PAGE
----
• Umbrella - This is self explanatory.

One can't set on to an adventure without the proper preparation for it. Next, I'm going to discuss some Manila thrifting etiquette. Yup, there's proper behavior for everything. Behavior is also pretty crucial with thrifting. Like I said before, image is important. 
  • Speak in Filipino - Yes, as much as possible speak in Filipino. Not english, not taglish, not conyo  just straight Filipino. Store keepers are sharp and can point out those who have never actually done this before. It's best then to keep up this image.
  • Blend in - Don't stand out. Try, as much as possible, to blend in with the other shoppers. It's more likely that they've done this before and know what they're doing. Act like you know what you are doing, like you've done this a million times. Fake it until you make it. Make sure that you don't give away signs that you're a total newbie at this.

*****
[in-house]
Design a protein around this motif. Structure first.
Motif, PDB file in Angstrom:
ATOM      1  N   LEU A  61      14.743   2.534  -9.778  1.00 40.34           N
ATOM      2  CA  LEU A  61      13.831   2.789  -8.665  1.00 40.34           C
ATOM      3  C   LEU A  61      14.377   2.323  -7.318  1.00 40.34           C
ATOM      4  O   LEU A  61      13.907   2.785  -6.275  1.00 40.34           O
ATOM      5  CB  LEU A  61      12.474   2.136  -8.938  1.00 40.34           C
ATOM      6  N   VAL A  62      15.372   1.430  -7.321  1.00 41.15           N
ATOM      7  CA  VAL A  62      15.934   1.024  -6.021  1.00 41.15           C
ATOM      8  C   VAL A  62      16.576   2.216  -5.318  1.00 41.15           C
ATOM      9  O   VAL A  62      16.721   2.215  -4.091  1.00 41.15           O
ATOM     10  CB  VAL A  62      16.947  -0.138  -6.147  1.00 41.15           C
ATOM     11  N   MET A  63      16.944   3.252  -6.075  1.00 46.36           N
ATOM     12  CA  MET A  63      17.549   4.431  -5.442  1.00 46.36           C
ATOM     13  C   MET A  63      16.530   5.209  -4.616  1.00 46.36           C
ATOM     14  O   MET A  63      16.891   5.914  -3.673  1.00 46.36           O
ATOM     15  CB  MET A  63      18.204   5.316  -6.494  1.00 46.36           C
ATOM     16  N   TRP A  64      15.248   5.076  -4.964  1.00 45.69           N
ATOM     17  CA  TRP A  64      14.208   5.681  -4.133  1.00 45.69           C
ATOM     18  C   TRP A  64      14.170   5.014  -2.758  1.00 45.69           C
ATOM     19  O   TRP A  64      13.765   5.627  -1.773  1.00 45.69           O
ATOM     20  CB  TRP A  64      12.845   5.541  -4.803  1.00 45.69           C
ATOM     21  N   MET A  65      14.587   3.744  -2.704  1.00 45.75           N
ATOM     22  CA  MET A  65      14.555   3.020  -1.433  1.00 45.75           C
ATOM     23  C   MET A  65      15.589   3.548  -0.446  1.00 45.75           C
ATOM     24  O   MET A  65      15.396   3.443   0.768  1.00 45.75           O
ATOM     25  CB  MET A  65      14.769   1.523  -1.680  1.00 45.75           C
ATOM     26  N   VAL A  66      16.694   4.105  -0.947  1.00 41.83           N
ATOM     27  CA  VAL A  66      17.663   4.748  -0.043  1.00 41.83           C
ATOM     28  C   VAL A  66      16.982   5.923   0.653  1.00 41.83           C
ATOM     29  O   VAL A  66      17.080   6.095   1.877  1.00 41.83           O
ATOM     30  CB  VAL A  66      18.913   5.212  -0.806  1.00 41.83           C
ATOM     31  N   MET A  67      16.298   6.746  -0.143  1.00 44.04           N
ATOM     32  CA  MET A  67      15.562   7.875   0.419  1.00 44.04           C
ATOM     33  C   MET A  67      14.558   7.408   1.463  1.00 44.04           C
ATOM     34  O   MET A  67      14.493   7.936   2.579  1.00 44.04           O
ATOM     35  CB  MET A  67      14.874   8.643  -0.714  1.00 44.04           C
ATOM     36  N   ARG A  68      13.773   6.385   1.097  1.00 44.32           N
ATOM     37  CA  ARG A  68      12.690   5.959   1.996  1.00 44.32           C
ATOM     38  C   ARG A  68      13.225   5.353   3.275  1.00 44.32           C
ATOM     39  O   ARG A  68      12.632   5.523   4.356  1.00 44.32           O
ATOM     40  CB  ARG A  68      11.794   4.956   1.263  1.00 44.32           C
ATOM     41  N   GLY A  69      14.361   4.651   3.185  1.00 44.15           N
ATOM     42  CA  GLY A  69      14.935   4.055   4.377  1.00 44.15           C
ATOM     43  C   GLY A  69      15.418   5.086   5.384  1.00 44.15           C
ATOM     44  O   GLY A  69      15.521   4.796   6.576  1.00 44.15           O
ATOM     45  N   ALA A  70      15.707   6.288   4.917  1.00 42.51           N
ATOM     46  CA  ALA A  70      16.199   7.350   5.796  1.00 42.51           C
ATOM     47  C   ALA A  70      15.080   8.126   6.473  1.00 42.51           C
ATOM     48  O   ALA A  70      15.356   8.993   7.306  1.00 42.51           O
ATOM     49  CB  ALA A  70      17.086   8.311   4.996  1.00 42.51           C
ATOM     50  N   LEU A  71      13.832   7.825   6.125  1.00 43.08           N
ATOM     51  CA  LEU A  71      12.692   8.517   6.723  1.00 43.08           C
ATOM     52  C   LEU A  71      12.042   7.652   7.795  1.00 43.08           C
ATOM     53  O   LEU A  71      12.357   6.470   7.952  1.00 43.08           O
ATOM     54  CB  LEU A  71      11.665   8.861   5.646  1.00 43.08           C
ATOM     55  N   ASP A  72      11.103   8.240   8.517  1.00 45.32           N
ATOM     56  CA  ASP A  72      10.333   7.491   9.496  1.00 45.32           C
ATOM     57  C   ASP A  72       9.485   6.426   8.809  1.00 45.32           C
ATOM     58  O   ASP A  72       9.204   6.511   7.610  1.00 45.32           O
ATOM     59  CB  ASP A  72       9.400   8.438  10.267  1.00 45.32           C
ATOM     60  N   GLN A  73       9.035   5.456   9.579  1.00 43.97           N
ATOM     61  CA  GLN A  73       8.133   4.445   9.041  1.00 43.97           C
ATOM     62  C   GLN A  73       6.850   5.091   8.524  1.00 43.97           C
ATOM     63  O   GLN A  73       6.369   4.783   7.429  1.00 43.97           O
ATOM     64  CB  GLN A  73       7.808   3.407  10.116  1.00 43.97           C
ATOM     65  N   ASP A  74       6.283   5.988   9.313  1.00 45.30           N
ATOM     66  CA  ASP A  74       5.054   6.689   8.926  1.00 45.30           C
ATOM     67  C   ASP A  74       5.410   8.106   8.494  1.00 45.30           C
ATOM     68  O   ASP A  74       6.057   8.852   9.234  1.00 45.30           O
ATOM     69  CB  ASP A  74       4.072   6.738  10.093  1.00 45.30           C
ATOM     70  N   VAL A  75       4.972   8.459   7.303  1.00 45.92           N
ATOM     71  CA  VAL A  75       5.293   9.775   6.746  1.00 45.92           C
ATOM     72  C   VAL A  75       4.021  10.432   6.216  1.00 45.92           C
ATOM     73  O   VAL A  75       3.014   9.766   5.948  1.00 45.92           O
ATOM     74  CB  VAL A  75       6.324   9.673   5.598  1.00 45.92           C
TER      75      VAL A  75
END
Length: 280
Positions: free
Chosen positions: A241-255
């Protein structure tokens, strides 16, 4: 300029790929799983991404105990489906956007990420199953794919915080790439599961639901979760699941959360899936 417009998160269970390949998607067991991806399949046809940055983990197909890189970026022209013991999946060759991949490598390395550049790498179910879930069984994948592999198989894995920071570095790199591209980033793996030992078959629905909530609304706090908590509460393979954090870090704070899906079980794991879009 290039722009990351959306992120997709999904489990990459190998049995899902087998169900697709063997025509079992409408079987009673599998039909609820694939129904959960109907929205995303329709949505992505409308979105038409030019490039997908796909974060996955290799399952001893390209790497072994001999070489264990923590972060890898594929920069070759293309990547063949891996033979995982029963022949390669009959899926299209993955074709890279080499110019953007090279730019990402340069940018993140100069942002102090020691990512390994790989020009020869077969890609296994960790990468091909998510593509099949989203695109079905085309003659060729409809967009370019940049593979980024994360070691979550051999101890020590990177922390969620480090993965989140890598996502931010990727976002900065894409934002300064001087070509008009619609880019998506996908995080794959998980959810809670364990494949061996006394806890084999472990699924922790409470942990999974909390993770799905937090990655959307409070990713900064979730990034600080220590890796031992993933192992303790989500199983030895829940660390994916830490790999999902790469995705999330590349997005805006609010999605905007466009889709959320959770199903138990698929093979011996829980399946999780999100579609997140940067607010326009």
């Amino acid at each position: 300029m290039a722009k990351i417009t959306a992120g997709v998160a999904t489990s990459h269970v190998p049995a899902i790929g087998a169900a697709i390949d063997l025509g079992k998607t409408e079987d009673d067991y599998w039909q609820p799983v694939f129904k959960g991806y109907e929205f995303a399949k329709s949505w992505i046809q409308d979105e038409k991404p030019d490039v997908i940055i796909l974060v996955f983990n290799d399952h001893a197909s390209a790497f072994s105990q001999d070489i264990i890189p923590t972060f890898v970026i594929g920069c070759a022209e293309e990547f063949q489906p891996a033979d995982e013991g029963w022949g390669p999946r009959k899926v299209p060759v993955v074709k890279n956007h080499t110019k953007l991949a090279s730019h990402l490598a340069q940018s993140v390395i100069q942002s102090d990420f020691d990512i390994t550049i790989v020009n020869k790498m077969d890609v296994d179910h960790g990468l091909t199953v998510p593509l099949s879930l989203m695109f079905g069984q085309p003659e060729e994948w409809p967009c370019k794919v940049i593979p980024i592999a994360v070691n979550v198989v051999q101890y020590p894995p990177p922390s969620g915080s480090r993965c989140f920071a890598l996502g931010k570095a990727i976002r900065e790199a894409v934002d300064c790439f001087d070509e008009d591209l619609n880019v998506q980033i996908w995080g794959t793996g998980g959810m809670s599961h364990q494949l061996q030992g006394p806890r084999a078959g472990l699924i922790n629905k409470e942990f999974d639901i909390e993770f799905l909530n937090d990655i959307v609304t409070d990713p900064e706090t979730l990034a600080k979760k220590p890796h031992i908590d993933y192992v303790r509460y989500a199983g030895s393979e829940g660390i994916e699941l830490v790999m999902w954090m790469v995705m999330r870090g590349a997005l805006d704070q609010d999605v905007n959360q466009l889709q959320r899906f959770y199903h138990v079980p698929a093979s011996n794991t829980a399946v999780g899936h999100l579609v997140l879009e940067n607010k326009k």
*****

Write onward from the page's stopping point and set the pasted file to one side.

• Ukay-ukay - This is the term used in the Philippines for thrift shops. It came from the term "halukay" which means to dig through. You will have to dig through the numerous amount of clothes before finding something to your liking. It's going to be tedious work.
  • Patience - It's important that you develop your patience because it may take awhile until you find your "holy grail" piece. When you do find it though, all that digging would have been worth it. 
  • Withdrawal - But, there will be times that you won't be able to find something you like. If you can't find something then don't force yourself to like something just so you can buy it. Try another store. Most thrift stores are clumped next to each other and if you can't find anything then move on to the next store. 
  • Be picky - Now's the time to be super picky about your clothes. It's tempting to buy the whole lot when the prices are crazy cheap but you have to be wise about your purchases. Make sure you check the whole article of clothing. Check for runs in the stitches. Check for stains. Is there damage? Can it be fixed? Is there a stain? Can it be removed? As much as possible, avoid pieces with damage or stains.